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Israel-Palestine conflict could dangerously amplify local political tensions

Israel-Palestine conflict could dangerously amplify local political tensions
Protesters at the Palestine Solidarity Campaign outside Cape Town High Court on 9 October 2023 after the Hamas attack and response by Israel at the weekend. (Photo: Gallo Images / Brenton Geach)

Few issues are more polarising than the Israel/Palestine conflict – and in South Africa, responses tend to be particularly strong. Local politicians will have to maintain cool heads to avoid fanning dangerous flames.

It is often said that ordinary South Africans are not overly invested in international affairs, but the single biggest exception to that rule is probably the conflict between Israel and Palestine – which was capable of evoking a rhetorical firestorm even before this weekend’s violence.

Lobby groups for both the Israeli and Palestinian causes are extremely vocal and active in South Africa. Importantly, a lot of homegrown political, social, religious and racial baggage is also projected on to the Middle Eastern conflict to complicate matters.

Israel Palestine conflict

Protesters at the Palestine Solidarity Campaign outside Cape Town High Court on 9 October 2023. (Photo: Gallo Images / Brenton Geach)

Judging by the tenor of public reactions to the weekend’s Hamas attack, there is every likelihood that the South African public at large feels much more strongly about what is happening in the Gaza Strip than about the ongoing war in Ukraine.

Considering the political headaches that the Russia/Ukraine conflict presented regardless, there are likely to be difficult weeks ahead.

Extreme responses from many political quarters

Several smaller South African political parties seem to be dithering over their response to the Hamas attack, presumably wrestling over the moral complexities. But others have come out guns blazing.

Mmusi Maimane’s Build One South Africa (Bosa) issued a particularly strong statement in support of Israel, which also unhelpfully conflated nationality and religion in a provocative manner.

“To be crystal clear, there is no justification for the actions of [the] Hamas military operation ‘Al Aqsa flood’ seen over this weekend,” the statement read.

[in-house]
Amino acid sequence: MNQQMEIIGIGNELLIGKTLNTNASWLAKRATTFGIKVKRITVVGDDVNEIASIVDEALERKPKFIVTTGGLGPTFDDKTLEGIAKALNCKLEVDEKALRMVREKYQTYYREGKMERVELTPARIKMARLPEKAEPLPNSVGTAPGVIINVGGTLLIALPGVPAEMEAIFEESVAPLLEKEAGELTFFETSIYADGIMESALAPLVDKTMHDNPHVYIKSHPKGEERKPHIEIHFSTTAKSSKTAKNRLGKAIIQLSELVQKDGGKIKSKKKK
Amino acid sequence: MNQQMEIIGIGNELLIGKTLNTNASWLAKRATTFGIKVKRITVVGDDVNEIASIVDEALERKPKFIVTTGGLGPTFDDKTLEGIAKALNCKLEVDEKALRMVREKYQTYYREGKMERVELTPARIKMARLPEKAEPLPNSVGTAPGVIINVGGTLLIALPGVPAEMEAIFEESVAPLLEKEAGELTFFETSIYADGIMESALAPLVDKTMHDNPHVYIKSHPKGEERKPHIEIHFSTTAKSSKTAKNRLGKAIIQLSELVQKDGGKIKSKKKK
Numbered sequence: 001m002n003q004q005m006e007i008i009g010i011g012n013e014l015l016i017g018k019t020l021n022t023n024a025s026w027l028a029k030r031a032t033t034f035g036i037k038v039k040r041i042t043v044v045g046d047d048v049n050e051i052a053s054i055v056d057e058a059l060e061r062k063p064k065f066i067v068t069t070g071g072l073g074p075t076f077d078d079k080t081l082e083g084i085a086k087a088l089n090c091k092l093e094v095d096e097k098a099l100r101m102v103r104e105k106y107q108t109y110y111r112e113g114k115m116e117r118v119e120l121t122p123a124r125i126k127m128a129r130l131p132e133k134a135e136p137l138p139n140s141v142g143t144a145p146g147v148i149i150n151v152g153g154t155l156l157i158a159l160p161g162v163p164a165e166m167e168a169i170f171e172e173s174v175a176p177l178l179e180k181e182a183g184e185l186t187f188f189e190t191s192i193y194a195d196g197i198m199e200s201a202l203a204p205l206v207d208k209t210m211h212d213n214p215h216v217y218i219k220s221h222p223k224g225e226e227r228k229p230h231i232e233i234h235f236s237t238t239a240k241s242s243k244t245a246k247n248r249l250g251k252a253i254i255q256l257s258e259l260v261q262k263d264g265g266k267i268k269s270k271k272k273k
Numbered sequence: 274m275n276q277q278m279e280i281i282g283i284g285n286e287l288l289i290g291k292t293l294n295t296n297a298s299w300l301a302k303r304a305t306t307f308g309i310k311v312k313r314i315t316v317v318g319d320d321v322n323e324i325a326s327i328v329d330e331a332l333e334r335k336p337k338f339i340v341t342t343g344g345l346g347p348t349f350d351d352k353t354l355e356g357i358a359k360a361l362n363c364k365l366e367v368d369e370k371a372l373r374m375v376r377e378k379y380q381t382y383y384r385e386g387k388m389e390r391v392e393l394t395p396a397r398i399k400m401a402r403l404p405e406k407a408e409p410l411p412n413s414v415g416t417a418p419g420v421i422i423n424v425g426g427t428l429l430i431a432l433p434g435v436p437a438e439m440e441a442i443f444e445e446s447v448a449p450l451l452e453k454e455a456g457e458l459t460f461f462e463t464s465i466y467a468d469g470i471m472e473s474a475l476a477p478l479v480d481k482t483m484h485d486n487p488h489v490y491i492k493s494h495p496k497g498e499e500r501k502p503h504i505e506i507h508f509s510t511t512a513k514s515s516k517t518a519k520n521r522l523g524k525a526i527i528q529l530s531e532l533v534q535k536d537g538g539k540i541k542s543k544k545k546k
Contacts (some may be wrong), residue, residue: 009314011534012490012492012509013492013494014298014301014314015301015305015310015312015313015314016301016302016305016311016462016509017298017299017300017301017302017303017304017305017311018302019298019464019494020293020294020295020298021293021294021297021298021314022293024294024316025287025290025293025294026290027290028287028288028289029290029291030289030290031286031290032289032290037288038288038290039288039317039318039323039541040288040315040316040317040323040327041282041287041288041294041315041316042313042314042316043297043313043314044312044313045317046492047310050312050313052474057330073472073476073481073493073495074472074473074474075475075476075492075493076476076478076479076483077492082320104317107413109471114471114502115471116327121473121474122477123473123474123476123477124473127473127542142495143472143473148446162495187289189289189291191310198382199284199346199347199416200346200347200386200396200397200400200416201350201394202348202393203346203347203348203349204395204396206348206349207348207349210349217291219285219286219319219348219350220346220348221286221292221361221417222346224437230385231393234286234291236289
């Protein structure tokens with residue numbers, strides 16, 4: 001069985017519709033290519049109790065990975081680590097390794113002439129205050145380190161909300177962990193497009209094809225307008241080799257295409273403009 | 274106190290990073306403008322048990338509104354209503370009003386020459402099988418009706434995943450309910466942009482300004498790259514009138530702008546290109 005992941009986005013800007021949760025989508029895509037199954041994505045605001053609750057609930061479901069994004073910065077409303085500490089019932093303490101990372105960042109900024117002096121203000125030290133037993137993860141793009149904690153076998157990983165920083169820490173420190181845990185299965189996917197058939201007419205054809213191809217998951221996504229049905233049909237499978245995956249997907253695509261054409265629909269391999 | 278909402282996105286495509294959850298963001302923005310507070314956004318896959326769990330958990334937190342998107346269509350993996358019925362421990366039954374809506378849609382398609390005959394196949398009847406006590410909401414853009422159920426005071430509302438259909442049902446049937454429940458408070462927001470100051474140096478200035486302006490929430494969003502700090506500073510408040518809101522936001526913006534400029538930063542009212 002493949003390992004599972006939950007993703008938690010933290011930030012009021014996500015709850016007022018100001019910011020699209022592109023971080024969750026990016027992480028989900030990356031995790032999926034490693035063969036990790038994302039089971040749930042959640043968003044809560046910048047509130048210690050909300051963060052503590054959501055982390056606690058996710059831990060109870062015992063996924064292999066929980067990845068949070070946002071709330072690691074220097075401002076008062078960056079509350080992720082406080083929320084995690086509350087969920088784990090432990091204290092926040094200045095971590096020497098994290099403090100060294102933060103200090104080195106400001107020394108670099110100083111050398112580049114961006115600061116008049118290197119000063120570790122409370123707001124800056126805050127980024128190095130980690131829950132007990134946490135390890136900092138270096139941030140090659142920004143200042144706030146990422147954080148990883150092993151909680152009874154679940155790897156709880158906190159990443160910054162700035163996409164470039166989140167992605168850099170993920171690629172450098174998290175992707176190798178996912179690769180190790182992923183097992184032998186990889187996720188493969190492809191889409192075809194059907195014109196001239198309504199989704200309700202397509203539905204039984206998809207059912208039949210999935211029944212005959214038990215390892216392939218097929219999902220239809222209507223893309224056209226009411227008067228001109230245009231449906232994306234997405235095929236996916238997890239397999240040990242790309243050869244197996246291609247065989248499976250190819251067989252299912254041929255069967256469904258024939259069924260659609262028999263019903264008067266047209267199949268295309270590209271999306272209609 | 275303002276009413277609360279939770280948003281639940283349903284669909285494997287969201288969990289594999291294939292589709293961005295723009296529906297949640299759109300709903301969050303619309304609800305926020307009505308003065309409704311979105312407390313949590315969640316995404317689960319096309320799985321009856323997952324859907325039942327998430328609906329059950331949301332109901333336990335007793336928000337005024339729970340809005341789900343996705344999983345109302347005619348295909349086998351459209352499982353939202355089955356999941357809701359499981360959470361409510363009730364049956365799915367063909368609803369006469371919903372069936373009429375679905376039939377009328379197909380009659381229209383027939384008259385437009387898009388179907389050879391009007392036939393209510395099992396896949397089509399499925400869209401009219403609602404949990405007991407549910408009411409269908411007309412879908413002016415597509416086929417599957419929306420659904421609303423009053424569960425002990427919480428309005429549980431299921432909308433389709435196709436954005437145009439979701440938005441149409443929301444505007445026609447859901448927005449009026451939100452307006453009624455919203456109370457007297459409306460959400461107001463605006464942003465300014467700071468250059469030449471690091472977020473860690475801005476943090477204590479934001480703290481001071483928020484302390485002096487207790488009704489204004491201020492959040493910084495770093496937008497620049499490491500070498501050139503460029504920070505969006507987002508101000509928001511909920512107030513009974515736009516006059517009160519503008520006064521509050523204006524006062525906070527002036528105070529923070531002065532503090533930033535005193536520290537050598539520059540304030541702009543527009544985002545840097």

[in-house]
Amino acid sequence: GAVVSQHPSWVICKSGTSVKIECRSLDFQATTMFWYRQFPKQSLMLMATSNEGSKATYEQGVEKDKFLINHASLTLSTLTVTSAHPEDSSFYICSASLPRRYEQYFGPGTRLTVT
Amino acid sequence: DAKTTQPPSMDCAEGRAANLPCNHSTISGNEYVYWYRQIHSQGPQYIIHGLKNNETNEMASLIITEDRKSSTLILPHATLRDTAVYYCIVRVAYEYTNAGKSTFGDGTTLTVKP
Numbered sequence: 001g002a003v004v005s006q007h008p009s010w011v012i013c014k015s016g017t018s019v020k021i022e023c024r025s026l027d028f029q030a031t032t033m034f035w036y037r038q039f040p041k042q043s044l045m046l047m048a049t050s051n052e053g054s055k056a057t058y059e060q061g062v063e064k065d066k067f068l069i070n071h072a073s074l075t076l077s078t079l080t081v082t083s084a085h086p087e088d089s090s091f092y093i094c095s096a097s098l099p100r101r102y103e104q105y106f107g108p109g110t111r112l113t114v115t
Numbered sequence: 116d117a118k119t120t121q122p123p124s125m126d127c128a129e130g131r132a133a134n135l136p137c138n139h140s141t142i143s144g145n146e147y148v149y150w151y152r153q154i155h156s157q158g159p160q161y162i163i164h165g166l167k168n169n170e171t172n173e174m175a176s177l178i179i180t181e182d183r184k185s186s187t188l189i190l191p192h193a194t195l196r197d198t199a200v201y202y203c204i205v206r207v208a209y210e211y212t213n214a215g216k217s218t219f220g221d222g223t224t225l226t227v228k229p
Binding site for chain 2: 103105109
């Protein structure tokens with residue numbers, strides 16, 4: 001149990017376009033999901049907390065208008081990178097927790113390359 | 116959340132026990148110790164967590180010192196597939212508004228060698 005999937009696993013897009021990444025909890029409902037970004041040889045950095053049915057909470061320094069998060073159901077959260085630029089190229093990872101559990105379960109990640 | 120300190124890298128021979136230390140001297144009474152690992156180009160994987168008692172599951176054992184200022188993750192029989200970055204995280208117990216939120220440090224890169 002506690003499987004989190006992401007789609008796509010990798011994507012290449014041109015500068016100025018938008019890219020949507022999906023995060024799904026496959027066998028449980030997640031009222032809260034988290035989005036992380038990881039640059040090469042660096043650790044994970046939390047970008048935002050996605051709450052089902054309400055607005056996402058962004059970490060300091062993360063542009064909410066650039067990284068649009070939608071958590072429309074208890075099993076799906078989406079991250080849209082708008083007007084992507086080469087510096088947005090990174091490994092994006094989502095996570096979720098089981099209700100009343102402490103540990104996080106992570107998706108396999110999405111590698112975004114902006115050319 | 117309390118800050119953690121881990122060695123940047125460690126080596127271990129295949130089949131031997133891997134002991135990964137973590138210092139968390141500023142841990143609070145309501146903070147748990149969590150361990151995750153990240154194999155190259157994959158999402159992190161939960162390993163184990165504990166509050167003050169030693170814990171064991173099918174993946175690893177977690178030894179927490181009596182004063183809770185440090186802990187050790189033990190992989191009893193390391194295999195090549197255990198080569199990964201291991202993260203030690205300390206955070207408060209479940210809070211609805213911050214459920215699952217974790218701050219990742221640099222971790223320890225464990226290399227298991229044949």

“Nothing can ever justify the wholesale slaughter of innocent civilians. In one single day, more Jews were murdered than on any day since the Holocaust.”

The DA took a slightly more temperate line but twice termed the Hamas attack “unprovoked”, which will anger those who maintain that the conditions under which residents of Gaza live should be considered provocation enough.

The DA noted the “right of the Palestinian people to self-determination”, but the African Christian Democratic Party (ACDP) made no mention of Palestinian rights in a statement which read in part: 

“Israel has a right to defend itself and must do everything in its power to defend itself and protect its civilians from such indiscriminate and violent attacks.”

Like Bosa, the ACDP conflated religion and nationality, saying it “stands unequivocally in support of Israel and the Jewish people at this critical time”.

The danger of this conflation is that on the other side of the coin, it means that anger targeted at the state of Israel and its policies risks being directed at Jewish people at large, fanning the flames of anti-semitism – in much the same way that Muslims became victims of Islamophobic attacks post-9/11.

The Economic Freedom Fighters’ sole concession towards rhetorical moderation on the matter was to call for “the protection of children, women, and civilians in the military conflict between Hamas and Apartheid-Israel as a priority”.

The EFF’s statement continued: “The EFF squarely puts the blame of the escalating conflict on the continued occupation and oppression of the Palestinian people in their own land.”

When it came to the ANC, there was a noticeable difference in tone in the responses from the party and the government it leads. 

On behalf of the latter, the Department of International Relations & Cooperation (Dirco) issued a statement expressing “grave concern over the recent devastating escalation in the Israeli-Palestinian conflict”.

Dirco’s statement made no bones about where it felt ultimate responsibility for the violence should lie, ascribing the Hamas attack to “the continued illegal occupation of Palestine land, continued settlement expansion, desecration of the Al Aqsa Mosque and Christian holy sites, and ongoing oppression of the Palestinian people”.

But its tone was nonetheless more restrained than that of the ANC, which led its statement with: “On the accounts of Human Rights Watch and Amnesty International, Israel is a blatant apartheid state that methodically imposes privilege on Jewish Israelis’ behalf and discriminates against Palestinians”.

It is a sign of how fraught the issue already is considered to be, however, that the ANC went so far as to file a complaint with the Press Ombudsman – a relatively rare move for the party – over a News24 article which initially reported that the ANC statement “justified” the Hamas attack, and was subsequently edited.